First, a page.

Thursday, February 27, 2014

2Cellos for a Thursday

Life has been full and blogging has fallen through the cracks. I've been writing a lot of blog posts in my head – I don't suppose any of you have been getting them? :) I hope to post another "Guess Where I Am" post soon, plus say something about all the audiobooks I've been listening to, plus, commend Amtrak for their wonderful new "writers in residence" program… In lieu of a more thoughtful post, here's an extremely entertaining five-minute break with 2Cellos, performing AC/DC's "Thunderstruck." I've seen these two gentlemen in concert twice, and for the record, they are just as good live as they are in their videos. Though sadly they weren't wearing guyliner or 18th century dress when I saw them live.

Hope to see some of you Tuesday evening at the Harvard Book Store with Marie Rutkoski.

Tuesday, February 18, 2014

March 4 Event, Marie Rutkoski and Me, Harvard Book Store, 7pm

There's a new book coming out on March 4 that I'm wildly excited about, because it is just so wonderfully excellently super-good… It's called The Winner's Curse and Marie Rutkoski wrote it. Those of you who read my blog carefully know that Marie is a dear friend of mine, so I wouldn't blame you if now you're thinking, Oh, sure, she's going to say it's wonderful, because her friend wrote it – or even, Oh, sure, she's going to think it's wonderful, because her friend wrote it. This sort of dilemma arises when one's friend writes an amazing book: How to convince others that the book itself is amazing and I'm not just speaking out of love for my friend? Well, how about I bring in Kirkus Reviews to help me. From their starred review of The Winner's Curse:

"Rich characterization, exquisite worldbuilding and rock-solid storytelling make this a fantasy of unusual intelligence and depth.... Precise details and elegant prose make this world fresh and vivid. The intricate and suspenseful plot, filled with politics, intrigue and even graphic violence, features neither heroes nor villains; every character displays a complex mixture of talents, flaws and motives. Kestrel is an especially compelling protagonist, both determined and hesitant, honest and manipulative, ferociously observant and painfully naïve.... Breathtaking, tragic and true."

In case you're wondering, all those parts in the middle that I didn't quote are also glowingly positive. There isn't a word of criticism in the entire review, which you can read in its entirety here. I LOVE THIS BOOK. If you're eager for more details about what the book is about, I also recommend reading that review – it's nicely detailed but also somewhat spoiler-sensitive. If you want some details but not too many, only read the first four or five lines. By the way, this book is classified as fantasy because it takes place in a made-up world, but it's one of those fantasies which contain no actual magic. I mention this for the fantasy-phobes among you, although I suppose there's a chance not many fantasy-phobes are reading my blog, unless of course they are masochists *cough*. Also, if you'd like to look at some beautiful, spoiler-free, moody images that create a sense of the book, check out The Winner's Curse Pinterest board that Marie has created.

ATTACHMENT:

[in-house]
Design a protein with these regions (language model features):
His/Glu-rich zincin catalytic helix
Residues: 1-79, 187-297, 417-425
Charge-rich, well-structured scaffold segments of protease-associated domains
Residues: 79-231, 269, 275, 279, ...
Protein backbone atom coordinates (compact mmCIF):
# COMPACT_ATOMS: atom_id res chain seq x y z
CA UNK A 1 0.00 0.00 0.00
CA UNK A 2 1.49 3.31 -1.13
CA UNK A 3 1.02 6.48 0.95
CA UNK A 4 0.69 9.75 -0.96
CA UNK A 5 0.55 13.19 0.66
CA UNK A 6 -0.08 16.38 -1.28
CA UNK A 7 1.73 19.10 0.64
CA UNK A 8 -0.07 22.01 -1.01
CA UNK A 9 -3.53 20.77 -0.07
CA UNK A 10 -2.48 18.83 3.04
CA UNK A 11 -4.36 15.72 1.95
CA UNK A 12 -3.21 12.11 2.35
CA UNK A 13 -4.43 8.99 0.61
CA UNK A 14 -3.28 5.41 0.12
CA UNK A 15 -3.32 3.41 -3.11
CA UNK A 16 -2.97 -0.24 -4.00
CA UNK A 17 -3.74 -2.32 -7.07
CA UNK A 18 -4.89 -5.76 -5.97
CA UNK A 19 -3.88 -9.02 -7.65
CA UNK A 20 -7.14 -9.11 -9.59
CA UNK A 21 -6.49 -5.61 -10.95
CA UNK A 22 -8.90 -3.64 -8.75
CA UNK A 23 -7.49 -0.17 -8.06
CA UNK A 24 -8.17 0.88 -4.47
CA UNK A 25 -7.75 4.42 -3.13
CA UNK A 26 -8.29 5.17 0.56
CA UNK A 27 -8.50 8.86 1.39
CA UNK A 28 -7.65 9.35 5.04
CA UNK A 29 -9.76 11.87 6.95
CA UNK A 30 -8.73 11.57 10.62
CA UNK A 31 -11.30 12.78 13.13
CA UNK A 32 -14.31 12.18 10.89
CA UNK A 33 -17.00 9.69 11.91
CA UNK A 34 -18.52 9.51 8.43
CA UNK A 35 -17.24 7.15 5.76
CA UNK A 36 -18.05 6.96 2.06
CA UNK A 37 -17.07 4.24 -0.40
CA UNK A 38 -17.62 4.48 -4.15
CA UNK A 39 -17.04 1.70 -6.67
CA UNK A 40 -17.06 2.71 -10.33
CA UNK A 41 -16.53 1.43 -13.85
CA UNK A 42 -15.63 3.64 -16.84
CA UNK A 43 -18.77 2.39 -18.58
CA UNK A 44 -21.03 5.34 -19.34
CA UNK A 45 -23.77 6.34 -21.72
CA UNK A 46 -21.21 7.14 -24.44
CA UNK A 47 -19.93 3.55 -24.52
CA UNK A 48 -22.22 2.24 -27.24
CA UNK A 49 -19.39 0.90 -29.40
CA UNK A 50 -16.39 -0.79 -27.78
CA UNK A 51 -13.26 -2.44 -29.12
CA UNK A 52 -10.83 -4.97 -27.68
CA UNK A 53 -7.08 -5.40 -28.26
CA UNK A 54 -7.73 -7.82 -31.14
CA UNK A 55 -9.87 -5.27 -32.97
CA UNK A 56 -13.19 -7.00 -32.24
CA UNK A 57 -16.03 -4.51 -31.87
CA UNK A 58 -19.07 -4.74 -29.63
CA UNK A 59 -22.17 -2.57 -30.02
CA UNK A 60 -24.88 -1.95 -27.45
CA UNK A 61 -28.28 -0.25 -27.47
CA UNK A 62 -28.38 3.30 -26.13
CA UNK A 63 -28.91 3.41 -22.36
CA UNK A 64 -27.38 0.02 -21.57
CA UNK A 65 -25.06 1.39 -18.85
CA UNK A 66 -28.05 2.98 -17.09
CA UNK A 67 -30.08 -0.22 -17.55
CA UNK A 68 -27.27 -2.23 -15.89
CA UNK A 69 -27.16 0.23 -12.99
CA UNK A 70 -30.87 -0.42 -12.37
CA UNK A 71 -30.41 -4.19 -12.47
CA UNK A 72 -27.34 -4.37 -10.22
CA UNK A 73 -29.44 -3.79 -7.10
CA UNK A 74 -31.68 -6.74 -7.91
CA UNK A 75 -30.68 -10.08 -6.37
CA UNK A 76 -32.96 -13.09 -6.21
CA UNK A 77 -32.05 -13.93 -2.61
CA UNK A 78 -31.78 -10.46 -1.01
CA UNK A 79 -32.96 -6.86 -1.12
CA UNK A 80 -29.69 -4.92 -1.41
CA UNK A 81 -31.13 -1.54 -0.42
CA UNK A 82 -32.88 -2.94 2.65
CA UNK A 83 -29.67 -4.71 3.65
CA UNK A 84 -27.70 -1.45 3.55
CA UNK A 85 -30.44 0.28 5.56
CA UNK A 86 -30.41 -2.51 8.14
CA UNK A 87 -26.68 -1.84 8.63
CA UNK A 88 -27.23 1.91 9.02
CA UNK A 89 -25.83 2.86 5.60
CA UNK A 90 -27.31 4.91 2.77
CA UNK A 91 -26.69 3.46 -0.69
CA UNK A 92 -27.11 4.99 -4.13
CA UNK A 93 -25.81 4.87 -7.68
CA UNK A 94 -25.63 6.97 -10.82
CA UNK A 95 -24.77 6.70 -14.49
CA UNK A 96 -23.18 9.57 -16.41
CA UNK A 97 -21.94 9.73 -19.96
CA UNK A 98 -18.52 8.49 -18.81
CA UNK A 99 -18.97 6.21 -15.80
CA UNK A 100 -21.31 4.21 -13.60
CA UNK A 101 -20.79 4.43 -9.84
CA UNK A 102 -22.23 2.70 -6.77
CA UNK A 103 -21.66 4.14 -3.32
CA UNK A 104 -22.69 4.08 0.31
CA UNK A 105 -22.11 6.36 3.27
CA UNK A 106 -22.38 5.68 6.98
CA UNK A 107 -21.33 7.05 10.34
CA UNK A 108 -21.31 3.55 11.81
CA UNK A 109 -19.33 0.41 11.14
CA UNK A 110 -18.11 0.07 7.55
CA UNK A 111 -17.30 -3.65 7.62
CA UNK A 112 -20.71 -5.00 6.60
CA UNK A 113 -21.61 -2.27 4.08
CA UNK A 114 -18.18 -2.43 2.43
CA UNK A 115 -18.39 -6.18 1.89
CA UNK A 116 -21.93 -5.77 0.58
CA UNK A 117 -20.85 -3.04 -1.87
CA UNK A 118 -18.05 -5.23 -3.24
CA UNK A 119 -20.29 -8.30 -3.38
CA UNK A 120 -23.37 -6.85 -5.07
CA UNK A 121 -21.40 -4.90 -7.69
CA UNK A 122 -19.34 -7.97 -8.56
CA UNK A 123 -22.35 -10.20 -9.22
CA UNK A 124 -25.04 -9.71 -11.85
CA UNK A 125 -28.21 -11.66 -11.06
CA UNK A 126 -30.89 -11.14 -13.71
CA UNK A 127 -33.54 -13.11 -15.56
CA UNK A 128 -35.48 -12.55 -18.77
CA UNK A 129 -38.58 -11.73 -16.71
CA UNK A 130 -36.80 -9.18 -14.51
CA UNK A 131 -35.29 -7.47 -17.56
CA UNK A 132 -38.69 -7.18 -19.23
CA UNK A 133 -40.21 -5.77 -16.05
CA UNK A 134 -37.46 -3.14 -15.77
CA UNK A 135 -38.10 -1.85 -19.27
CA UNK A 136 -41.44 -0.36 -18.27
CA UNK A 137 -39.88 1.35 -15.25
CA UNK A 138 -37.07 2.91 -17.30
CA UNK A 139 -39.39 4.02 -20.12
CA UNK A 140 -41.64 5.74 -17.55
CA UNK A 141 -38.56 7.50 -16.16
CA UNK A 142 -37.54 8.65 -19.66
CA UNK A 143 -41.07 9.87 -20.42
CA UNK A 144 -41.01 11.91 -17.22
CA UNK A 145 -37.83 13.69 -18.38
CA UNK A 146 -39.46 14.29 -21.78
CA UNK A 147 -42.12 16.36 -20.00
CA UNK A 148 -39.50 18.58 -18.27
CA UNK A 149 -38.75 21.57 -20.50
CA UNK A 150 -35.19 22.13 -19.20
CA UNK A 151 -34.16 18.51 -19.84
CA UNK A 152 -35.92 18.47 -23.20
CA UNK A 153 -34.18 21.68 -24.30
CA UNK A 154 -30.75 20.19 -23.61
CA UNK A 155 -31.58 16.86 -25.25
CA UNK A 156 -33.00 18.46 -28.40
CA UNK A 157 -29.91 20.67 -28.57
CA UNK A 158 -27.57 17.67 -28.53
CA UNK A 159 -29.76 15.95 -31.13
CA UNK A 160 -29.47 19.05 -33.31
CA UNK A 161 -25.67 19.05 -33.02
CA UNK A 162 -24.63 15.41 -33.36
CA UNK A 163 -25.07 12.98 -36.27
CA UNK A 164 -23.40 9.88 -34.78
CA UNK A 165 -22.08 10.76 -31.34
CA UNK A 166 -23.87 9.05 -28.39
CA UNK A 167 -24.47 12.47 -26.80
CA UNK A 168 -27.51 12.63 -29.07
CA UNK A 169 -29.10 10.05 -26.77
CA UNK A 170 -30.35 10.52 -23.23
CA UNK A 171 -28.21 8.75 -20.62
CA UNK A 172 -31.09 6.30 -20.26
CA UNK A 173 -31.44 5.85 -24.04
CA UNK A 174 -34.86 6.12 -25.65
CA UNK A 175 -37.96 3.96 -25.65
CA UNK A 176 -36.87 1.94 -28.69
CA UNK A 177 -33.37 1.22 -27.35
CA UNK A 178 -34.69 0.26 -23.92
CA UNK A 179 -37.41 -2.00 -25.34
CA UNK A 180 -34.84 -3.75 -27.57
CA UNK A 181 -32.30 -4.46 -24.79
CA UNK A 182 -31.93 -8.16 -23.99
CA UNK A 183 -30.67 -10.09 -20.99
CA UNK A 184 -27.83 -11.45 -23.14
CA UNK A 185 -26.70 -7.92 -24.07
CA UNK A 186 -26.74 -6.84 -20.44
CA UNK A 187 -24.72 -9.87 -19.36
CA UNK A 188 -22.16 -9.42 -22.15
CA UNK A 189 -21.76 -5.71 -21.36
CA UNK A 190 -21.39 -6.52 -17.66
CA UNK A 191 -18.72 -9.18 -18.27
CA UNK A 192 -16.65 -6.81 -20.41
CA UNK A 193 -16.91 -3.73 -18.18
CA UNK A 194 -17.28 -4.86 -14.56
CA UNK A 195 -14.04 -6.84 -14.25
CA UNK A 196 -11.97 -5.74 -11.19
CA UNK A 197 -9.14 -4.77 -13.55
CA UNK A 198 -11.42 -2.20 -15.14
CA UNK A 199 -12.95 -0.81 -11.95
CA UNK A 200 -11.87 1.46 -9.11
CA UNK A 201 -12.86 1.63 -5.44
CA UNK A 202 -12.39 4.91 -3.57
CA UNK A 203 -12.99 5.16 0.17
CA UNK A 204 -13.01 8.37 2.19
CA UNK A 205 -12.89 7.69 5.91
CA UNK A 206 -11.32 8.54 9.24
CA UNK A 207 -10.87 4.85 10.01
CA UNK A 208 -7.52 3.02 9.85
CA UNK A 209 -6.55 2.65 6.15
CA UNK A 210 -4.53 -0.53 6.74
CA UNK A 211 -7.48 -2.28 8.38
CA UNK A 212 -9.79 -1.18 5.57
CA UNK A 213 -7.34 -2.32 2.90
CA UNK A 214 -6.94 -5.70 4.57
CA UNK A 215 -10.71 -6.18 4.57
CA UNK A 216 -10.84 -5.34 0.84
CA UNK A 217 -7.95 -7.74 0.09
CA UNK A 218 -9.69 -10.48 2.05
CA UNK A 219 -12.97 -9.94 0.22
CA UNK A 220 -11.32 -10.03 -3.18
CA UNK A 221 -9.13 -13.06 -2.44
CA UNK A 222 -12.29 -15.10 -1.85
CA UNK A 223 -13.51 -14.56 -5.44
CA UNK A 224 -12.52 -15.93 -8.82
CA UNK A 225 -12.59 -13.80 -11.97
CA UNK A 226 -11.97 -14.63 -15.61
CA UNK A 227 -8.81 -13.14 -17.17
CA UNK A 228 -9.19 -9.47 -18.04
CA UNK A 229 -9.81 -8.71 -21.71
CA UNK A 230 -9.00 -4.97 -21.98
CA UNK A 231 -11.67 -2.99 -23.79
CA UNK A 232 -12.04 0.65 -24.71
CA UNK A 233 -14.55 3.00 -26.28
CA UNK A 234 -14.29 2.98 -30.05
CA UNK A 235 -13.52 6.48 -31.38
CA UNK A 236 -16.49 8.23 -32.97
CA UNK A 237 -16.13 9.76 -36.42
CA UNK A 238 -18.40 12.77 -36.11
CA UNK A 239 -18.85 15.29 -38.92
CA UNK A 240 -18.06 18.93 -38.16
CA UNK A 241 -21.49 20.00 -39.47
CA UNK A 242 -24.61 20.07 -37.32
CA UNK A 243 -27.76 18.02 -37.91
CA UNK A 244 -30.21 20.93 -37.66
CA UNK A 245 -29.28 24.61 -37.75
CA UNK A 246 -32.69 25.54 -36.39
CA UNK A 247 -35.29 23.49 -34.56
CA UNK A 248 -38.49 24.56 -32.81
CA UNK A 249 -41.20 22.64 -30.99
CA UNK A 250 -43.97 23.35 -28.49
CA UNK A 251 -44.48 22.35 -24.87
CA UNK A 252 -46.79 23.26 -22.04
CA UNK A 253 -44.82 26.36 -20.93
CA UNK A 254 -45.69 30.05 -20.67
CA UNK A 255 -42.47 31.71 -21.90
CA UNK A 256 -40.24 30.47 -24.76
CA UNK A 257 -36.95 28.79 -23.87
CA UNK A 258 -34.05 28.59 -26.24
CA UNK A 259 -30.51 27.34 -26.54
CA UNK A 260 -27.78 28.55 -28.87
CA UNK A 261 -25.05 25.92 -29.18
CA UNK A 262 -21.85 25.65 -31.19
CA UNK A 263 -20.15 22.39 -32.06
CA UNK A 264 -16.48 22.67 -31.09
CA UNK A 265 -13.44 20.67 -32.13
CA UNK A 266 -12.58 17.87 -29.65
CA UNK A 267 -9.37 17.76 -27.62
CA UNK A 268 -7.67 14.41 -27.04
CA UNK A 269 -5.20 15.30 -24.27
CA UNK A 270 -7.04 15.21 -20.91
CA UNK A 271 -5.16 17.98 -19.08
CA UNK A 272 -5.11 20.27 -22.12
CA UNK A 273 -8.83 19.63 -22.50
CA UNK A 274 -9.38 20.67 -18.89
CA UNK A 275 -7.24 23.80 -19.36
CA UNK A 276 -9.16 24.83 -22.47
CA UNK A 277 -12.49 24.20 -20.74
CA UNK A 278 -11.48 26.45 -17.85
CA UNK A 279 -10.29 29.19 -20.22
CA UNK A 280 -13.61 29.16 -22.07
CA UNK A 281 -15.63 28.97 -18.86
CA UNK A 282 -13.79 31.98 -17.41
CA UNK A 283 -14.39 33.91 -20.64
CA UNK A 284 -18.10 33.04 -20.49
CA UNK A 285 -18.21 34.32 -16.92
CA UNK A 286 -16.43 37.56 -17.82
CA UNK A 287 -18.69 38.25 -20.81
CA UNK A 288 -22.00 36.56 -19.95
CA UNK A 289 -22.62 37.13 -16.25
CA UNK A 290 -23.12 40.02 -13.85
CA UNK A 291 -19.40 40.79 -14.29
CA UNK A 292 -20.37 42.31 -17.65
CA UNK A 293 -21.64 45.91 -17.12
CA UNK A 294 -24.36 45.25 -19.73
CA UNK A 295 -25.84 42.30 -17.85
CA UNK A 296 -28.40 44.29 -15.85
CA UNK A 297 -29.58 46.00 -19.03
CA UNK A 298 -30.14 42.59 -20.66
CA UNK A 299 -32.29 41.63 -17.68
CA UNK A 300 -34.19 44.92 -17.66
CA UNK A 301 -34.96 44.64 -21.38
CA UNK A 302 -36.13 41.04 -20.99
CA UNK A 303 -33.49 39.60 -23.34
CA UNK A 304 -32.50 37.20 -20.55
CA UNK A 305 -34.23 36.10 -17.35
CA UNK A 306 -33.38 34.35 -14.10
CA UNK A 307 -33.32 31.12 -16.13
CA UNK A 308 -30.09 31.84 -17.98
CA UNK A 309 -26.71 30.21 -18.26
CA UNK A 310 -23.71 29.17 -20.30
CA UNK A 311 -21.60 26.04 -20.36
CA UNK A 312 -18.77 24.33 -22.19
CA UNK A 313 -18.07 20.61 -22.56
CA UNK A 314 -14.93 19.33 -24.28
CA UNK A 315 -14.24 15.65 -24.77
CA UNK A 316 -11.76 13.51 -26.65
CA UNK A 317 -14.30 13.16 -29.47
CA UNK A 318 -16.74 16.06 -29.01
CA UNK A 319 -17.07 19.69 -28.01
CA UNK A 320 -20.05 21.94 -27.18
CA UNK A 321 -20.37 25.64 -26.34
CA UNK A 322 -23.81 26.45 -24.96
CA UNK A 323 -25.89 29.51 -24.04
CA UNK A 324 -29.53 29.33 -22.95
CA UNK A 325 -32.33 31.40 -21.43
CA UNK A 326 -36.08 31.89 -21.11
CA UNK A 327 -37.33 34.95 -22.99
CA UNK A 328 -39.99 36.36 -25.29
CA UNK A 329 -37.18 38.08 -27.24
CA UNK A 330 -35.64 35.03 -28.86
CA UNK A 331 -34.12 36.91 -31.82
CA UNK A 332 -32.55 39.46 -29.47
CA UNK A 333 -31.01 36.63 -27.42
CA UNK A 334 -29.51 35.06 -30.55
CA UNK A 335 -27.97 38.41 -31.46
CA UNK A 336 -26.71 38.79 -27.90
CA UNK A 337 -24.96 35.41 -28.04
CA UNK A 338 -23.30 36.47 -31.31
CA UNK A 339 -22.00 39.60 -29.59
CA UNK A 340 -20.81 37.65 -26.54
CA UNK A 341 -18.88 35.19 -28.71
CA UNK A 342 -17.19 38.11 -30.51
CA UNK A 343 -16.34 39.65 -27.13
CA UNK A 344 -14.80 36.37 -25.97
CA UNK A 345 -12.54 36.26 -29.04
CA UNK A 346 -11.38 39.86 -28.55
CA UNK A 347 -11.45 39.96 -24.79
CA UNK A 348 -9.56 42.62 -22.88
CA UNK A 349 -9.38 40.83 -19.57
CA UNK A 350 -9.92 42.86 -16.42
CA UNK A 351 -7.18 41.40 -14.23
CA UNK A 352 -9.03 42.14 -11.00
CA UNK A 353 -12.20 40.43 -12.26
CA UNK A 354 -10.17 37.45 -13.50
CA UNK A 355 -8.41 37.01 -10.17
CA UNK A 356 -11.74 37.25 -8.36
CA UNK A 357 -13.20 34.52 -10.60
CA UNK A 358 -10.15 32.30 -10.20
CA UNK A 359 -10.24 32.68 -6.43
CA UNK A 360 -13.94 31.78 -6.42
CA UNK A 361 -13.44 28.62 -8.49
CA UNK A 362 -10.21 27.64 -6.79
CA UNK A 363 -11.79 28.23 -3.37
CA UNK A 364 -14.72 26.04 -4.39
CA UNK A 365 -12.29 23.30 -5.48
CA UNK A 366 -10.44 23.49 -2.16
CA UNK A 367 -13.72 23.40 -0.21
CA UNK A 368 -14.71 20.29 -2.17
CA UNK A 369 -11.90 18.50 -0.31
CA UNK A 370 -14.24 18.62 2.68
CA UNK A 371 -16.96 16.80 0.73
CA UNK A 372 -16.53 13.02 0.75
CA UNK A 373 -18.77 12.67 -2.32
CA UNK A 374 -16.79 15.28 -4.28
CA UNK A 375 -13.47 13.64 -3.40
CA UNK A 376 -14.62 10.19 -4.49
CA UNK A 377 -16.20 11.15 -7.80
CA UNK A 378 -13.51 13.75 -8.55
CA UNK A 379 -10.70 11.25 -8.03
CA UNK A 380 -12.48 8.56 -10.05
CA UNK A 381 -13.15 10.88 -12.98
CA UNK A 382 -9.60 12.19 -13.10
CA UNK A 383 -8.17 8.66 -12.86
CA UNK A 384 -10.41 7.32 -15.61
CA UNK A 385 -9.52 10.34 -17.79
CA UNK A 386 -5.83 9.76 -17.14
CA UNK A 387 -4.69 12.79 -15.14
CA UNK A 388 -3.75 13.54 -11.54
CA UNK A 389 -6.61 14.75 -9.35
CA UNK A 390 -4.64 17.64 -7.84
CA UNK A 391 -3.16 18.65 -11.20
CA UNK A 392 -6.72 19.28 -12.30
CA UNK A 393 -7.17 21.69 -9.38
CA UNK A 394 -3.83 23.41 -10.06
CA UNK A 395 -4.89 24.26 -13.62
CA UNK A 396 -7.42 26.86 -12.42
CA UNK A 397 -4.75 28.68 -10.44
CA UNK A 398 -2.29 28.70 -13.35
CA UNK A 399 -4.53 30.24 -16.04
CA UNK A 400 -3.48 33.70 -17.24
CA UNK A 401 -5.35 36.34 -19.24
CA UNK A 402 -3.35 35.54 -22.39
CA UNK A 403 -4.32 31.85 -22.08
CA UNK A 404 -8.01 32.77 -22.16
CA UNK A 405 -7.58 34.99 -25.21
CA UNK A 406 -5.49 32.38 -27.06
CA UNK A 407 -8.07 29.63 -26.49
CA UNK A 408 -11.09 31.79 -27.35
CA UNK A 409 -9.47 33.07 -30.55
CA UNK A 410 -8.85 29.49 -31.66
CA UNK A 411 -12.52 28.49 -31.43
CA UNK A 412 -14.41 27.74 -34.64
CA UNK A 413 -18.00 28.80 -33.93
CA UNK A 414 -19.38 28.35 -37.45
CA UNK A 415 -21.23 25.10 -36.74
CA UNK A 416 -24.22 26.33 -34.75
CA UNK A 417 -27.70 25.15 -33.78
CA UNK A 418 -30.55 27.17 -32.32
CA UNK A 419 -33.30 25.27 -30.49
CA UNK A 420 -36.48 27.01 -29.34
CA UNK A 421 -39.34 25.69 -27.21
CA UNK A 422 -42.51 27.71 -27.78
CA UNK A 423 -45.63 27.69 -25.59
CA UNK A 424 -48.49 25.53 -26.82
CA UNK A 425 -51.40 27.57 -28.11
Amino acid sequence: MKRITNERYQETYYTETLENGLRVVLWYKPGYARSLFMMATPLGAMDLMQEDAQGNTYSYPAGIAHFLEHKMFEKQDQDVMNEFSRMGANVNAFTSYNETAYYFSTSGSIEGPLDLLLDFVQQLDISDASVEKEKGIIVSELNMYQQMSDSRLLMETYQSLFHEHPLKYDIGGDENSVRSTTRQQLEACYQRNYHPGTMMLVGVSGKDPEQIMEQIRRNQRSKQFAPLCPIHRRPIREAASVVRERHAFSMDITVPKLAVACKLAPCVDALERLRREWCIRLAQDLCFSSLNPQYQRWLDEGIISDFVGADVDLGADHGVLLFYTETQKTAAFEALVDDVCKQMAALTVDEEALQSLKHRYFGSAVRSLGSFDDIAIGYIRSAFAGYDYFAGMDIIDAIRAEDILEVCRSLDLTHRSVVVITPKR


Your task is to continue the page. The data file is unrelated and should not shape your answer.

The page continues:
Marie is coming to Cambridge on her release day and she and I are going to have a conversation together at the Harvard Book Store at 1256 Massachusetts Ave in Cambridge (02138). On March 4 at 7pm. We're tentatively calling it "Marie Rutkoski and Kristin Cashore: Secrets, Power, and Love in Imagined Worlds." Yay! Please come!

Tuesday, February 4, 2014

In Case You Need a Two-Minute Break

(Those of you who can't see the video (of Benedict Counterbatch, Murray-arty, and Count von Count), go to my Blog Actual.)

Thanks to the ever reliable codename: Apocalyptica the Flimflammer.

Saturday, February 1, 2014

Writing Moments

Revising, as I've mentioned, is really intense right now, so I'm making sure I take breaks whenever I need them. Today at midday, I decided I needed a walk to clear my head. However, it's 41°F (5°C) outside today, a heat wave the likes of which I've apparently forgotten how to cope with; I put on my longjohns, my wool socks, my arm warmers, my scarf, my hat liner, and spent the first few minutes dying of heat and pulling off layers. It's amazing outside! The river has been iced over for weeks, but today there's a sheen of melted water on top. The geese are walking around on the ice in the usual manner, except that it's more slippery today, so each step includes a little unsteady slide which doesn't seem to cause them the panic that sort of thing causes me. I suppose if my center of gravity were six inches off the ground and I had webbed feet bigger than my head and could fly, I wouldn't panic either.

Because of the sheen of water, each goose had a bright and perfect reflection, which is unusual for a goose walking on ice. They were drinking from the sheen of water, and it wasn't like the way a cat drinks water with quick laps of the tongue; it was more like a woodpecker somehow, or a drill. It was making a lot of percussive noise. The geese were marvelous, they were just the break I needed from writing. Then I noticed myself trying to find the right words to describe them and made myself stop, because that's not a break from writing. Then I noticed myself writing a blog post about how I went for a walk and saw some geese and tried to find the right words to describe them but made myself stop because it wasn't a break from writing, and made myself stop that, too, because that wasn't a break from writing either. Then I noticed myself adding the line to the blog post about how I just made myself stop writing the blog post… At which point I gave up trying to control my mind on my walk. I'm sure it was an excellent break from something.